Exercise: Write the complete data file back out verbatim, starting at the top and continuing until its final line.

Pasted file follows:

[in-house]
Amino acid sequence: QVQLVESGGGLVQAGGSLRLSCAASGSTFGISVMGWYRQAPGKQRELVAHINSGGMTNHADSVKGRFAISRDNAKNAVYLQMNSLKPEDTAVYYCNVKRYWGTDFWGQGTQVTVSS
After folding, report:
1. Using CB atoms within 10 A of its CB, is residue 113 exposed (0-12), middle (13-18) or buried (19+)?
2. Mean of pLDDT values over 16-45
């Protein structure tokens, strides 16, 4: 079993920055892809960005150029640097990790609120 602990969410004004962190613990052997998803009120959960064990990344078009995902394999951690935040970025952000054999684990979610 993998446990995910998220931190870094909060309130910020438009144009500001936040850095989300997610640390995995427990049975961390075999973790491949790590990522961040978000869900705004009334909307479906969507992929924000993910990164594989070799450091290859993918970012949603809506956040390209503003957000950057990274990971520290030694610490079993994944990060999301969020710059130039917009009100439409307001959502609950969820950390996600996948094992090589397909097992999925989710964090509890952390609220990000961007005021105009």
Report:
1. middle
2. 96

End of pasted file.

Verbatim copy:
[in-house]
Amino acid sequence: QVQLVESGGGLVQAGGSLRLSCAASGSTFGISVMGWYRQAPGKQRELVAHINSGGMTNHADSVKGRFAISRDNAKNAVYLQMNSLKPEDTAVYYCNVKRYWGTDFWGQGTQVTVSS
After folding, report:
1. Using CB atoms within 10 A of its CB, is residue 113 exposed (0-12), middle (13-18) or buried (19+)?
2. Mean of pLDDT values over 16-45
């Protein structure tokens, strides 16, 4: 079993920055892809960005150029640097990790609120 602990969410004004962190613990052997998803009120959960064990990344078009995902394999951690935040970025952000054999684990979610 993998446990995910998220931190870094909060309130910020438009144009500001936040850095989300997610640390995995427990049975961390075999973790491949790590990522961040978000869900705004009334909307479906969507992929924000993910990164594989070799450091290859993918970012949603809506956040390209503003957000950057990274990971520290030694610490079993994944990060999301969020710059130039917009009100439409307001959502609950969820950390996600996948094992090589397909097992999925989710964090509890952390609220990000961007005021105009």
Report:
1. middle
2. 96